A coupled experimental and mathematical modeling invest on was undertaken to explore nanoscale fullerene aggregate (nC60) transport and deposition in water-saturated porous media. Column experiments were conducted with four different size fractions of Ottawa sand at two pore-water velocities. A mathematical model that incorporates nonequilibrium attachment kinetics and a maximum retention capacity was used to simulate experimental nC60 effluent breakthrough curves and deposition profiles. Fitted maximum retention capacities (Smax), which ranged from 0.44 to 13.99 μg/g, are found to be correlated to normalized mass flux. The developed correlation provides a means to estimate Smax as a function of flow velocity, nanoparticle size, and mean grain size of the porous medium. Collision efficiency factors, estimated from fitted attachment rate coefficients, are relatively constant (∼0.14) over the range of conditions considered. These fitted values, however, are more than 1 order of magnitude larger than the theoretical collision efficiency factor computed from Derjaguin-Landau-Verwey-Overbeek (DLVO) theory (0.009). Data analyses suggest that neither physical straining nor attraction to the secondary minimum is responsible for this discrepancy. Patch-wise surface charge heterogeneity on the sand grains is shown to be the likely contributor to the observed deviations from classical DLVO theory. These findings indicate that modifications to clean-bed filtration theory and consideration of surface heterogeneity are necessary to accurately predict nC60 transport behavior in saturated porous media.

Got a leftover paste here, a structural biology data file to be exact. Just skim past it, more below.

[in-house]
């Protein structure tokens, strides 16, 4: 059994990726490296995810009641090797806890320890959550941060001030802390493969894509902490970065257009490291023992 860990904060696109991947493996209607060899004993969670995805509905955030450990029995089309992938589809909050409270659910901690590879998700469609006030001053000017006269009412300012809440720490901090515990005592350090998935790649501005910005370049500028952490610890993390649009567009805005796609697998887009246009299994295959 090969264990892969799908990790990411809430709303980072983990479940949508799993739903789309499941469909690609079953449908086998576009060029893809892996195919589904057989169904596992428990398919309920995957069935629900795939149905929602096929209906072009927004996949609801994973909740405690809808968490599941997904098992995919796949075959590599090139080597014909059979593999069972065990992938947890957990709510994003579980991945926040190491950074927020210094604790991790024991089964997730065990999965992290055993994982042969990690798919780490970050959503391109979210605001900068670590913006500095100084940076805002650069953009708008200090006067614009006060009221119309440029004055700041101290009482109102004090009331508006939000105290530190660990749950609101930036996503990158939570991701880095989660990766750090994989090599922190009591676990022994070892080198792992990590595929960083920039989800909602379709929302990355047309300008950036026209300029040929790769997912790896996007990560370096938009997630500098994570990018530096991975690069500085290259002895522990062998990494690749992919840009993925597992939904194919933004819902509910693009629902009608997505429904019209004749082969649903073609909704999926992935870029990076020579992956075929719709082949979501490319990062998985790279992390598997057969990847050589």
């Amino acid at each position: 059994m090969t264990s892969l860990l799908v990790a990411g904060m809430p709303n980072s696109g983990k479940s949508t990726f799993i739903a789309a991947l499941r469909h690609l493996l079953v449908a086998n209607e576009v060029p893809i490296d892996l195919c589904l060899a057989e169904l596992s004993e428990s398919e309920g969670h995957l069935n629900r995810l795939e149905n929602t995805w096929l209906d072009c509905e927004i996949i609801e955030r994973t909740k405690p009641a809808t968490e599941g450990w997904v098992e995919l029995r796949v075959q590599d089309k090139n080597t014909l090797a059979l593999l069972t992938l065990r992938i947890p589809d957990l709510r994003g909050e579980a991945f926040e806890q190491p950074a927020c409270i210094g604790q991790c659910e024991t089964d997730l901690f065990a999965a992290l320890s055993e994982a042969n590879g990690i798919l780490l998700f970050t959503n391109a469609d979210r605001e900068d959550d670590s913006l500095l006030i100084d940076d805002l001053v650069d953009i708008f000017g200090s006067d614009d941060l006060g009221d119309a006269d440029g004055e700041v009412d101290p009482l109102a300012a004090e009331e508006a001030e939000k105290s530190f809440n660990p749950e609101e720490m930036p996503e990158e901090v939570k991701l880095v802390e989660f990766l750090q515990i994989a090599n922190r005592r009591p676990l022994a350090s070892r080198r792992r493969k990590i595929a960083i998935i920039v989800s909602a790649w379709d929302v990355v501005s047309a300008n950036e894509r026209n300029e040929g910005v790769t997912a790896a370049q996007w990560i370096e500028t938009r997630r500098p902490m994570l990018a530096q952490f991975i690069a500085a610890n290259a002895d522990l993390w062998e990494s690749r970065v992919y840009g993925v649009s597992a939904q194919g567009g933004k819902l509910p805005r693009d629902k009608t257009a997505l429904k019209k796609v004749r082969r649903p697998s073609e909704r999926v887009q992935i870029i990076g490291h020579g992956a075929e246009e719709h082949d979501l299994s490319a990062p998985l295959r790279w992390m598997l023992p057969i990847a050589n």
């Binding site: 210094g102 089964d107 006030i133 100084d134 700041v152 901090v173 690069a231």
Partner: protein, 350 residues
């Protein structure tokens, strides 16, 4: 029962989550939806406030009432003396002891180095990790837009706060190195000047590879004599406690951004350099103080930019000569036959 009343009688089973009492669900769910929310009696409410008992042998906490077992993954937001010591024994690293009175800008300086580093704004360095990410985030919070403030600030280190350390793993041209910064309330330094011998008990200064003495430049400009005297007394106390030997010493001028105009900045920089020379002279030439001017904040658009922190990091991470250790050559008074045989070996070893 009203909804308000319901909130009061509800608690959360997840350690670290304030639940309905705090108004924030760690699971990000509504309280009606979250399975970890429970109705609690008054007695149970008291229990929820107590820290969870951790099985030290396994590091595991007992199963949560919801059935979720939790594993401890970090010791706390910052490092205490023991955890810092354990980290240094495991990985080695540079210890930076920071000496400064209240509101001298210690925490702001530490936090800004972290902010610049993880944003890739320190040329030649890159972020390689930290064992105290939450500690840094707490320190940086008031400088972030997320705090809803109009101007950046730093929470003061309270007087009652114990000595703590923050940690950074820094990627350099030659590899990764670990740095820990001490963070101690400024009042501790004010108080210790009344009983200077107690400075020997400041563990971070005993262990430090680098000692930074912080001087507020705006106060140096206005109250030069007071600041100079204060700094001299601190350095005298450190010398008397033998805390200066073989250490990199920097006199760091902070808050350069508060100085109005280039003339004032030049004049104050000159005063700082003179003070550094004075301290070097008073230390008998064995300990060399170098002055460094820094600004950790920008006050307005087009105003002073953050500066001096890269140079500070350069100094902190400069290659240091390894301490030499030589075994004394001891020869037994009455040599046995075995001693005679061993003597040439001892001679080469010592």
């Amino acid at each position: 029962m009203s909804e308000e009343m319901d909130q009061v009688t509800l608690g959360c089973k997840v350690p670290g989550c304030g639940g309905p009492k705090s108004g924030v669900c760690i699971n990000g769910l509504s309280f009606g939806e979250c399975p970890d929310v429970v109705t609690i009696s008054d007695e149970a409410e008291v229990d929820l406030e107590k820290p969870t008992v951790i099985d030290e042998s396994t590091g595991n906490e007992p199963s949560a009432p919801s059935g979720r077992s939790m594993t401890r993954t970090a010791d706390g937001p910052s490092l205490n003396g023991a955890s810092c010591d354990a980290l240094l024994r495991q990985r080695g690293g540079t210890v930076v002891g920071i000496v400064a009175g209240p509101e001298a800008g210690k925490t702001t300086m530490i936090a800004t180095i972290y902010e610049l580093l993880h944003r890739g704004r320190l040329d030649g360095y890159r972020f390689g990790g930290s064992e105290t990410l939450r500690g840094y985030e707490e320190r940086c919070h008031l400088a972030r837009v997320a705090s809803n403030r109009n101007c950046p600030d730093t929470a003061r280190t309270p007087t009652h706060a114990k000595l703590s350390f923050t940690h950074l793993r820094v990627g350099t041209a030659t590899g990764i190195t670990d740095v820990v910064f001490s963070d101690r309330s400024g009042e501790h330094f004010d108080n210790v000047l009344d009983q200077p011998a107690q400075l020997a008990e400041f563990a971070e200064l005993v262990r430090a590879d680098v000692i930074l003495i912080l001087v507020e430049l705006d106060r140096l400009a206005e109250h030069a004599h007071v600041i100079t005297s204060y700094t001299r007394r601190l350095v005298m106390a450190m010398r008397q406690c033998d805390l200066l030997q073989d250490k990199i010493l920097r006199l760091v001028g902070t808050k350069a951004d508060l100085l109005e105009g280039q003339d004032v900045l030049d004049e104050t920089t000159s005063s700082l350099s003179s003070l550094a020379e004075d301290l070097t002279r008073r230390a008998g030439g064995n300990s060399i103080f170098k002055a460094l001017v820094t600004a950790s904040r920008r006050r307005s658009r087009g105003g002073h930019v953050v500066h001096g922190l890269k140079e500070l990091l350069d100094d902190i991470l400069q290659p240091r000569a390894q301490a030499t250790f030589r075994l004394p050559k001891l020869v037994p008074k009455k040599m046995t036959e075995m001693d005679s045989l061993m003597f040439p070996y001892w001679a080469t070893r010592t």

ASJC Scopus subject areas
- Environmental Chemistry